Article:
– A precise mass-radius-luminosiy-rotation relationships of M dwarfs

An illustration of the Kepler-16 binary system. ILLUSTRATION COURTESY CALTECH/NASA

I am currently working with Prof. Philip Muirhead to establish a precise mass-radius-luminosity-rotation relationship of M dwarf stars. Stellar properties are important to accurately measure radii and equilibrium temperatures of exoplanets. Recent studies have shown that each M dwarf hosts on average at least two exoplanets but we do not have well-constrained relations for M dwarf stellar properties which leaves us unprepared for NASA’s Transiting Exoplanet Search Satllite (TESS) mission. The best way to determine relations for M dwarf stars is to study eclipsing binaries.

Eclipsing Binaries are valuable astronomical objects for studying physical parameters of stars such as mass, radius, and luminosity. Studies of eclipsing binaries often involve the analysis of photometric and spectroscopic data. The light curves of detached eclipsing binaries tell us the relative sizes of the component stars, the mass ratio, the ratio of surface brightness, the orbital inclination, and eccentricity. When radial velocity data are available in addition to the light curves, we can determine the masses, radii and the semi-major axes of each component to an accuracy of 1%. Furthermore, with measured parallaxes, we can measure the individual components’ absolute magnitudes, thus measuring the luminosities. My current research involves measuring individual magnitudes of eclipsing binaries to determine relations for M dwarf properties.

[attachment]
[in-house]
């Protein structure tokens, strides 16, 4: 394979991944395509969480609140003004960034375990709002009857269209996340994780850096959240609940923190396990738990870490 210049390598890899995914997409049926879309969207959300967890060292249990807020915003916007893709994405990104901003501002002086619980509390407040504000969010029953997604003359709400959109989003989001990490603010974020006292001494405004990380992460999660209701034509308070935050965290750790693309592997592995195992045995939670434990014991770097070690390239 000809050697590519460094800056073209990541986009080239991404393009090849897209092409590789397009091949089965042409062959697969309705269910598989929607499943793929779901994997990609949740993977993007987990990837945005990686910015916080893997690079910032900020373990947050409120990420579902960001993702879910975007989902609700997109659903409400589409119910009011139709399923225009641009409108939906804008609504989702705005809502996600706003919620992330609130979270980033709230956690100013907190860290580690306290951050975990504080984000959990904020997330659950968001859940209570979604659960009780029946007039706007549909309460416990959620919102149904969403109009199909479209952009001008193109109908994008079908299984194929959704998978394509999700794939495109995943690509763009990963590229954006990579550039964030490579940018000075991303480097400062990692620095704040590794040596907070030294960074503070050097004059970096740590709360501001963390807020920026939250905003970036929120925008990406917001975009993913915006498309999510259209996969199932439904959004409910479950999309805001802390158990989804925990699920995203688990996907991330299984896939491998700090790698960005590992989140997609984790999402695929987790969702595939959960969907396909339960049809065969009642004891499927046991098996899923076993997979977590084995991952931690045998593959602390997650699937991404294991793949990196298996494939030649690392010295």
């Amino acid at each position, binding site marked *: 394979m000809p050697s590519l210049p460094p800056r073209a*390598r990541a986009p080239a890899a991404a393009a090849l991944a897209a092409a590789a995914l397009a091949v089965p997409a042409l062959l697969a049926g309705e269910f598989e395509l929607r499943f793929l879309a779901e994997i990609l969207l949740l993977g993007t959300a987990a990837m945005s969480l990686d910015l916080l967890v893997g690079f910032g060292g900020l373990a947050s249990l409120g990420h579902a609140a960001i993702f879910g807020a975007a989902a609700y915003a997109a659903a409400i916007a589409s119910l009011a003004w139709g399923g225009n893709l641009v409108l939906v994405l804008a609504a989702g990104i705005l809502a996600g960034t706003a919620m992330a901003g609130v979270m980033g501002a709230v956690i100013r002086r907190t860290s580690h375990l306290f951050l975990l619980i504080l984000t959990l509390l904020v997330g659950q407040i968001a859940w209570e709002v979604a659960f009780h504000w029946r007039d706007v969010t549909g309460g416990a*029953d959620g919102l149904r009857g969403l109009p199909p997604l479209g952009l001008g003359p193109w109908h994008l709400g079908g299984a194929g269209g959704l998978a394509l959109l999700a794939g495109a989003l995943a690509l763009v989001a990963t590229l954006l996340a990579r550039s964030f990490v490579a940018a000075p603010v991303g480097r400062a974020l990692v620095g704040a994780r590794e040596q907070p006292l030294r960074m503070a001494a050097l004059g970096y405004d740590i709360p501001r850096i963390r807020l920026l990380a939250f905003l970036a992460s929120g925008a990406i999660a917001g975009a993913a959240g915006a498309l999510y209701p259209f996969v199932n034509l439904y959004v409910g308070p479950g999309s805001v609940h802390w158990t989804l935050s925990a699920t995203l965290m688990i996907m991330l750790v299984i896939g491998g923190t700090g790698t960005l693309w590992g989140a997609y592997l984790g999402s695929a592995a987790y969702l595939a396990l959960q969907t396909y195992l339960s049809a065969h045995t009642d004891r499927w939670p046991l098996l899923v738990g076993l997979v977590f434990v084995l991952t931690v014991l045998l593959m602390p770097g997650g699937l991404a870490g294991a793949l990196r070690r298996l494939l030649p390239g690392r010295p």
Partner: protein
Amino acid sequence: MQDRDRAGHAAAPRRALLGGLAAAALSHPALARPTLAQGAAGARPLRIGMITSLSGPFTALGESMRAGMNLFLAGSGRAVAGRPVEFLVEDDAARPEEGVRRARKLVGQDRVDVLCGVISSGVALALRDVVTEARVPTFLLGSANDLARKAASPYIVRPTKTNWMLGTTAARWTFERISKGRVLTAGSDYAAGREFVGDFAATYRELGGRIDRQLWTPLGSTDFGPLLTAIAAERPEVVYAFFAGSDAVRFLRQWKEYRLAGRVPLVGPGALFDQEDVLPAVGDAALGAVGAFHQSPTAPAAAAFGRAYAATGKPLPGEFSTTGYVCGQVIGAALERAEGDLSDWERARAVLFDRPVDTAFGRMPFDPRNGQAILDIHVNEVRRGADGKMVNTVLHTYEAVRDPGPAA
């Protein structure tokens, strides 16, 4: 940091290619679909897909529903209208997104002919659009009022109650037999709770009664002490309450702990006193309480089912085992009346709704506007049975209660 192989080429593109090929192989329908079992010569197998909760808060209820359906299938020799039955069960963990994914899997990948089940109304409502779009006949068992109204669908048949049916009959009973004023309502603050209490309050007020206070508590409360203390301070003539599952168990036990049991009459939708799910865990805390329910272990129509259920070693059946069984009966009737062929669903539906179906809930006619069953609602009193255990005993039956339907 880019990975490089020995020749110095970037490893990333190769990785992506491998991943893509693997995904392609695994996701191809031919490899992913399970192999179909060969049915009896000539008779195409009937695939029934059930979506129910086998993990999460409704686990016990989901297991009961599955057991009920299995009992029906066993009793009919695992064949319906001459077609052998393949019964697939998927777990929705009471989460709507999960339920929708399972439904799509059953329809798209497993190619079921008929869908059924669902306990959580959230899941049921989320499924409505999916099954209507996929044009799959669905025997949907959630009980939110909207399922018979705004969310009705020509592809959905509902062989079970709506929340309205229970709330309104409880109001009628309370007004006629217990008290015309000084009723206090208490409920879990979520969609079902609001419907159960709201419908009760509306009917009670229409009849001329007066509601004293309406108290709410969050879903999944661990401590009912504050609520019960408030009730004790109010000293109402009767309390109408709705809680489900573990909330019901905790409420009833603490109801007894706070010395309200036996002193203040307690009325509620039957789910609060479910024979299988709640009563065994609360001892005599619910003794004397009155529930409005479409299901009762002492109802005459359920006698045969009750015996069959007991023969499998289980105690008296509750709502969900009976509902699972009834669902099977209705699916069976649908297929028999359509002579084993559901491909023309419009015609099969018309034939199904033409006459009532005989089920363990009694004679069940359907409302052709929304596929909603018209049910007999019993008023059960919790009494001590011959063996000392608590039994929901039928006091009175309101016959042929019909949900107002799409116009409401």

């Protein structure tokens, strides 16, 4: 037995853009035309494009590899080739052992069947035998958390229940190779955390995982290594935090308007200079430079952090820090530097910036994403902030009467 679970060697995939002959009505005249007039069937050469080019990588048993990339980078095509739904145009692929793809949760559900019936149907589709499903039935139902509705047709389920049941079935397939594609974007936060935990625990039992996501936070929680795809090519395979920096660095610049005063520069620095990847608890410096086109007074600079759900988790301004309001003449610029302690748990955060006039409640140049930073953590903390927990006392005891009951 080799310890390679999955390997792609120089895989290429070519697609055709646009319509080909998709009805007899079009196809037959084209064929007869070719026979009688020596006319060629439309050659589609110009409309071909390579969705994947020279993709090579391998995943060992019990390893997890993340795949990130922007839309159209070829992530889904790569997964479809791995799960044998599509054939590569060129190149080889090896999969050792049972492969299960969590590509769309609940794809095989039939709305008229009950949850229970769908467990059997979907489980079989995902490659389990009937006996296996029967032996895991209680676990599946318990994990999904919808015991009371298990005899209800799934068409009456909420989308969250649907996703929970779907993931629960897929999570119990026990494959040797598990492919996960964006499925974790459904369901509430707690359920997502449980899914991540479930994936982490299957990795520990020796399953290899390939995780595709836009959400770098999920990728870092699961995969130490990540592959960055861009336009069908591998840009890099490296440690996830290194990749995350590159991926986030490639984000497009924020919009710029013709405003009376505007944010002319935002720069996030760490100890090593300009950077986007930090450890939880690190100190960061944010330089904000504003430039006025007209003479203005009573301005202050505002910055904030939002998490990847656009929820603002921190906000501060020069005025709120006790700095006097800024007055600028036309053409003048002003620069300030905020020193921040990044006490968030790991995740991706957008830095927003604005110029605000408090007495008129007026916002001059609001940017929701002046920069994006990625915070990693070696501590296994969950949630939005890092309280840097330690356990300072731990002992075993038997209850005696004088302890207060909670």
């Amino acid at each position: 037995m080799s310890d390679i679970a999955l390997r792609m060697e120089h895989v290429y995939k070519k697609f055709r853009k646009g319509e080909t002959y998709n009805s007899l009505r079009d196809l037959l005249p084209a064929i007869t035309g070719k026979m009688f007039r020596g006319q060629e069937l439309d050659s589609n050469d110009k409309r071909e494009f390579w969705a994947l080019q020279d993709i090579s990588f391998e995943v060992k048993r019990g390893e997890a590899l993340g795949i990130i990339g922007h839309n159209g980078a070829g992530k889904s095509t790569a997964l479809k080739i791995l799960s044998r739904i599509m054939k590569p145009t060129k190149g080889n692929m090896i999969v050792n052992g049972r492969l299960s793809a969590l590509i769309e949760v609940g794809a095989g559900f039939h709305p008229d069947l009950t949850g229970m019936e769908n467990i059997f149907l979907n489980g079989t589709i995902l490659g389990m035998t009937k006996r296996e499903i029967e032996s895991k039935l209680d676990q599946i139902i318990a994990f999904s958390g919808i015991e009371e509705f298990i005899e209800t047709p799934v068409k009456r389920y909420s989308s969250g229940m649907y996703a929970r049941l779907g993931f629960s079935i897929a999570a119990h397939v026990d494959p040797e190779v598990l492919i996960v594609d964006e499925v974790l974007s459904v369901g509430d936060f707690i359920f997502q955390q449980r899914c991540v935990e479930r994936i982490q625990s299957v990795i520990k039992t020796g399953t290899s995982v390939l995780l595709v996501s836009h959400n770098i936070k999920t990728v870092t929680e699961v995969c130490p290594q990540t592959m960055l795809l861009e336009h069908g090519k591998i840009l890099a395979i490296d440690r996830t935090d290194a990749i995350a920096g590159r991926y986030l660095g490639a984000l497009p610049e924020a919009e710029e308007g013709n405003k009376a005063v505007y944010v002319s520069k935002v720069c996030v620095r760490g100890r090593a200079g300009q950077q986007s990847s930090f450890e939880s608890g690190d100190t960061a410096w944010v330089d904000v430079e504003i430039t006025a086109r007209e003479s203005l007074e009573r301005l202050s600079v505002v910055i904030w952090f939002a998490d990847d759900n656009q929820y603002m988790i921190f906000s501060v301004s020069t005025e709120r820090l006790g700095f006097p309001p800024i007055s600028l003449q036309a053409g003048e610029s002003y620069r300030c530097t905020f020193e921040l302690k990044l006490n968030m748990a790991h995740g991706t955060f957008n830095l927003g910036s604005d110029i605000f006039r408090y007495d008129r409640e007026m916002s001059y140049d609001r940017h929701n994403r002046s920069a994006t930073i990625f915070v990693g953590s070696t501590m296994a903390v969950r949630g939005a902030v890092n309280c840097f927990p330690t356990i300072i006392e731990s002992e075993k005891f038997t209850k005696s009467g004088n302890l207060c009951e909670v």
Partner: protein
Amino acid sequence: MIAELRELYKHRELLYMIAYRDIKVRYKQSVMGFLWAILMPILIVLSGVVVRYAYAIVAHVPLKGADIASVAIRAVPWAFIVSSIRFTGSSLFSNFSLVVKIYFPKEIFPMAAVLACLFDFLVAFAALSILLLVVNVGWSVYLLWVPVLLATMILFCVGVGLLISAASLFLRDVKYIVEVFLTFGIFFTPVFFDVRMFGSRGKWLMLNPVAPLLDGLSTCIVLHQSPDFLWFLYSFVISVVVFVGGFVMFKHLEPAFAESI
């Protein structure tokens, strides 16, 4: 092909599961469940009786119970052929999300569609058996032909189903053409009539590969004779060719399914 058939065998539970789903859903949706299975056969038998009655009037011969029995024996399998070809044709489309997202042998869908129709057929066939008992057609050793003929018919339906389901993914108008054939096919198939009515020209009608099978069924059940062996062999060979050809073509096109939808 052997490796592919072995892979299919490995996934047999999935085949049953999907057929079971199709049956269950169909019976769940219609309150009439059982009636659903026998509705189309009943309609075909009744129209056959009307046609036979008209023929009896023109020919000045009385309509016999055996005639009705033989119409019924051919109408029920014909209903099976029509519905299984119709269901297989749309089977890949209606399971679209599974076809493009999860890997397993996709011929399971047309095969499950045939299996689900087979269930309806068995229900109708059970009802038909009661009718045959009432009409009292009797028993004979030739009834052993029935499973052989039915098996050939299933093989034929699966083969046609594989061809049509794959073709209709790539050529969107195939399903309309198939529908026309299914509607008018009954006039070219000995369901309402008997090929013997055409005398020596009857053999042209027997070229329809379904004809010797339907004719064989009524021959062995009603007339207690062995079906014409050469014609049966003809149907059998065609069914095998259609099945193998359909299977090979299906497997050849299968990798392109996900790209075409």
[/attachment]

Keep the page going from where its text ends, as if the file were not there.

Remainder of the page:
– Investigated the reality of open cluster Lodén 1

When I was a post-baccalaureate researcher at the Pennsylvania State University, I investigated a candidate open cluster, that caught our attention as “an old (2 Gyr) and nearby (360pc)” cluster, which could become a useful benchmark cluster.

Based on observations made with the Southern African Large Telescope (SALT) Robert Stobie spectrograph, I confirmed the candidate open cluster Lodén 1 is neither old, nor nearby, nor a cluster by means of measuring radial velocities of purported members. I presented my results at the 223rd AAS meeting and recently published a paper ( An article on Lodén 1 is also available on the SALT News page (


– Maintained and Expanded the Exoplanet Orbit Database (EOD)


When I was at the Pennsylvania State University, I maintained the Exoplanet Orbit Database (EOD), which contains peer-reviewed orbital and transit parameters of exoplanets and stellar parameters of their host stars. Since January of 2010, when I first started working as a maintainer, the EOD expanded from 427 planets to over 750 planets, including planets discovered by radial velocity, transit, direct imaging, and microlensing. The EOD can be explored and is publicly available at Shot 2016-05-16 at 4.56.22 PM

In 2012, I wrote my honors thesis as a fulfillment of Schreyer Honors College. It includes the Exoplanet Orbit Database and many of  the details about what I did.